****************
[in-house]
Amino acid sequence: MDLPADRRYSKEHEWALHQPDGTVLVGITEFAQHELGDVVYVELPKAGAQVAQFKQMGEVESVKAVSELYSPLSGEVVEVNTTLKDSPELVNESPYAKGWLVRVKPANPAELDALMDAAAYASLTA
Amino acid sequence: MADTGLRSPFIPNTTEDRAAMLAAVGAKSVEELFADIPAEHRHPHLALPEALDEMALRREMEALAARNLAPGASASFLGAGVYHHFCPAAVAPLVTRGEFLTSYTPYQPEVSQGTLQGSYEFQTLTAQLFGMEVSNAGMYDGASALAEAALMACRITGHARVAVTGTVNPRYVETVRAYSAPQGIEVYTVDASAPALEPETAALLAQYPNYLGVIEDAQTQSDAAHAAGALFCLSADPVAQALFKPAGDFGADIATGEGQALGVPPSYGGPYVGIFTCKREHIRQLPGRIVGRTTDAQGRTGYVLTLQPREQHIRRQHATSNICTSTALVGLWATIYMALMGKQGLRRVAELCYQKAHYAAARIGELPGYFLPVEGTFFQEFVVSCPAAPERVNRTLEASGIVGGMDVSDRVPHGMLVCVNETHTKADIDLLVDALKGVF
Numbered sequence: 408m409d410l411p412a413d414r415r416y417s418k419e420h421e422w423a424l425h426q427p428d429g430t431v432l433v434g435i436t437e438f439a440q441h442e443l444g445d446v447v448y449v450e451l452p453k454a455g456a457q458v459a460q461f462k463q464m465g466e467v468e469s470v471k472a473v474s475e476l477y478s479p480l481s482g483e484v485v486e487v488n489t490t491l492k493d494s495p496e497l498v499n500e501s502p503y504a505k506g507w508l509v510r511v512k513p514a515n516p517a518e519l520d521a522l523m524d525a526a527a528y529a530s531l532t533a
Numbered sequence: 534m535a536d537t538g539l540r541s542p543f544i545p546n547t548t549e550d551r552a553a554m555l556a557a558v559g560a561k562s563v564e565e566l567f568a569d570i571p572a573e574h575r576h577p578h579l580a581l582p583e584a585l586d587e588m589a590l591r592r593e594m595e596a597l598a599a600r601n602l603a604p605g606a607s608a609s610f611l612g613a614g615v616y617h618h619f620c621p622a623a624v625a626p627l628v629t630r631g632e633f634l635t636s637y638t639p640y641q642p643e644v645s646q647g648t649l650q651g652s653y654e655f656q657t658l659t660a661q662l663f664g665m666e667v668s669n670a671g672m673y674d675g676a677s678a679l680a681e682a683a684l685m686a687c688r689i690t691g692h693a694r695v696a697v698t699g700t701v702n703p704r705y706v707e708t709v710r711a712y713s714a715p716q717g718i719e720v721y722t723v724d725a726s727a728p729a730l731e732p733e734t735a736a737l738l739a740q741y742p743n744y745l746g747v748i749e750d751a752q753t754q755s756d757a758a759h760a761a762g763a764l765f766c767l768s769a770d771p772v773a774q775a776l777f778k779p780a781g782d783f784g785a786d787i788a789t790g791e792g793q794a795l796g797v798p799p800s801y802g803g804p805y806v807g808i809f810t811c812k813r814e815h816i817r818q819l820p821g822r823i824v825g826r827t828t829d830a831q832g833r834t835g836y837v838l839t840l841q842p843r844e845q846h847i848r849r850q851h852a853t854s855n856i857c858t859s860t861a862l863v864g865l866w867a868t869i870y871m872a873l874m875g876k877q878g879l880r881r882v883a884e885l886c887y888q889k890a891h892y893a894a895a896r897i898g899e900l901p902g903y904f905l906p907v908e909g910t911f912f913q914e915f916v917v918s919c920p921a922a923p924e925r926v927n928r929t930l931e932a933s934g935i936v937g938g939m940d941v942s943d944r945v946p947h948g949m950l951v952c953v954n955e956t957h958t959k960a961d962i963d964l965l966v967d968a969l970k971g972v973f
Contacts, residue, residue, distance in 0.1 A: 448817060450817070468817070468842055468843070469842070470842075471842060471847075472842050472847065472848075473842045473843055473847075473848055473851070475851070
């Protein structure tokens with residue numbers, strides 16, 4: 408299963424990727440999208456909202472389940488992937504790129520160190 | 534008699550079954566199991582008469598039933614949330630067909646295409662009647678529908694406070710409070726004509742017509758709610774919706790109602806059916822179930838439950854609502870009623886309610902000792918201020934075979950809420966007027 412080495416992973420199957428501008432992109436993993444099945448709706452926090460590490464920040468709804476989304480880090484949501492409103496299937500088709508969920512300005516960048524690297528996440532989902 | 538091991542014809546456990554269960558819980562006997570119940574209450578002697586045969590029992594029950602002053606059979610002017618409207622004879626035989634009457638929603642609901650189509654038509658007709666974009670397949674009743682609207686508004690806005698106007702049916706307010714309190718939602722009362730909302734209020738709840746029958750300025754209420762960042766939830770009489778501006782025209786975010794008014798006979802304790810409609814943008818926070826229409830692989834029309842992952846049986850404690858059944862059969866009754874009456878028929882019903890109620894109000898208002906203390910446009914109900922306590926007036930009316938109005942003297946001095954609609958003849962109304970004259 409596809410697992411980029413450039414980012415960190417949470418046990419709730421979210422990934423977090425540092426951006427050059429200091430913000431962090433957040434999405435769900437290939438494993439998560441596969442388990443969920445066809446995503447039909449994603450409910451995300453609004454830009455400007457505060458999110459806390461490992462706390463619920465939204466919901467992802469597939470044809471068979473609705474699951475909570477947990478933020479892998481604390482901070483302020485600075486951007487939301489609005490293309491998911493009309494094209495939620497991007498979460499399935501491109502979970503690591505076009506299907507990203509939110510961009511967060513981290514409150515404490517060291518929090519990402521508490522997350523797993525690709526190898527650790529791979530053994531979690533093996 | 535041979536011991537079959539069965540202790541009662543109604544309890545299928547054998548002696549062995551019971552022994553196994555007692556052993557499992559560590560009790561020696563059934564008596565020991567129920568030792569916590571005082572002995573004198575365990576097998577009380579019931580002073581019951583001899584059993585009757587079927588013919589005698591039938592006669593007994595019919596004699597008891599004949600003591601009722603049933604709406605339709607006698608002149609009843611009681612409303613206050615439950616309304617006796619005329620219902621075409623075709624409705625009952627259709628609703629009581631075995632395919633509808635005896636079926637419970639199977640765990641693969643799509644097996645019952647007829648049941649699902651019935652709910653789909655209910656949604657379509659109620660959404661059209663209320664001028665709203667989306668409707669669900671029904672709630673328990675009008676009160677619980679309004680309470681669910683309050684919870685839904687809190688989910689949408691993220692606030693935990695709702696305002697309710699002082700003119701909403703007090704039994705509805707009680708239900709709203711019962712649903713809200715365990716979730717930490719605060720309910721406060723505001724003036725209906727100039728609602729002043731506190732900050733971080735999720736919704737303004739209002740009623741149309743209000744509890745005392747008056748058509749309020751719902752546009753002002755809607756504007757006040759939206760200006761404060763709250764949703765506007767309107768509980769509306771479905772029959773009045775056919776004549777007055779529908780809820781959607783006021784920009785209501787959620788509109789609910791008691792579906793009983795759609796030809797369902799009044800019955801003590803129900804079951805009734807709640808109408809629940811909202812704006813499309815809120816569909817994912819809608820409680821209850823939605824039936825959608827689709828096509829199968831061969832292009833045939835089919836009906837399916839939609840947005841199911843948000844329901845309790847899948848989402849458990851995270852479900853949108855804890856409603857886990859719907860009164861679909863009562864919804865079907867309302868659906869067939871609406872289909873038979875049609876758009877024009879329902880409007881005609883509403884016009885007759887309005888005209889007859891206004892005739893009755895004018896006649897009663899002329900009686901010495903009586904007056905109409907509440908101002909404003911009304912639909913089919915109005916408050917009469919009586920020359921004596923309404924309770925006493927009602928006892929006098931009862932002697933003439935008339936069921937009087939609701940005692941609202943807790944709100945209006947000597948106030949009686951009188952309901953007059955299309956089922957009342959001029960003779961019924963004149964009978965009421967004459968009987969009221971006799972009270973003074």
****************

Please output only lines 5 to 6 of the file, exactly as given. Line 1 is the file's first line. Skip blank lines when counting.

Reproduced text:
Numbered sequence: 534m535a536d537t538g539l540r541s542p543f544i545p546n547t548t549e550d551r552a553a554m555l556a557a558v559g560a561k562s563v564e565e566l567f568a569d570i571p572a573e574h575r576h577p578h579l580a581l582p583e584a585l586d587e588m589a590l591r592r593e594m595e596a597l598a599a600r601n602l603a604p605g606a607s608a609s610f611l612g613a614g615v616y617h618h619f620c621p622a623a624v625a626p627l628v629t630r631g632e633f634l635t636s637y638t639p640y641q642p643e644v645s646q647g648t649l650q651g652s653y654e655f656q657t658l659t660a661q662l663f664g665m666e667v668s669n670a671g672m673y674d675g676a677s678a679l680a681e682a683a684l685m686a687c688r689i690t691g692h693a694r695v696a697v698t699g700t701v702n703p704r705y706v707e708t709v710r711a712y713s714a715p716q717g718i719e720v721y722t723v724d725a726s727a728p729a730l731e732p733e734t735a736a737l738l739a740q741y742p743n744y745l746g747v748i749e750d751a752q753t754q755s756d757a758a759h760a761a762g763a764l765f766c767l768s769a770d771p772v773a774q775a776l777f778k779p780a781g782d783f784g785a786d787i788a789t790g791e792g793q794a795l796g797v798p799p800s801y802g803g804p805y806v807g808i809f810t811c812k813r814e815h816i817r818q819l820p821g822r823i824v825g826r827t828t829d830a831q832g833r834t835g836y837v838l839t840l841q842p843r844e845q846h847i848r849r850q851h852a853t854s855n856i857c858t859s860t861a862l863v864g865l866w867a868t869i870y871m872a873l874m875g876k877q878g879l880r881r882v883a884e885l886c887y888q889k890a891h892y893a894a895a896r897i898g899e900l901p902g903y904f905l906p907v908e909g910t911f912f913q914e915f916v917v918s919c920p921a922a923p924e925r926v927n928r929t930l931e932a933s934g935i936v937g938g939m940d941v942s943d944r945v946p947h948g949m950l951v952c953v954n955e956t957h958t959k960a961d962i963d964l965l966v967d968a969l970k971g972v973f
Contacts, residue, residue, distance in 0.1 A: 448817060450817070468817070468842055468843070469842070470842075471842060471847075472842050472847065472848075473842045473843055473847075473848055473851070475851070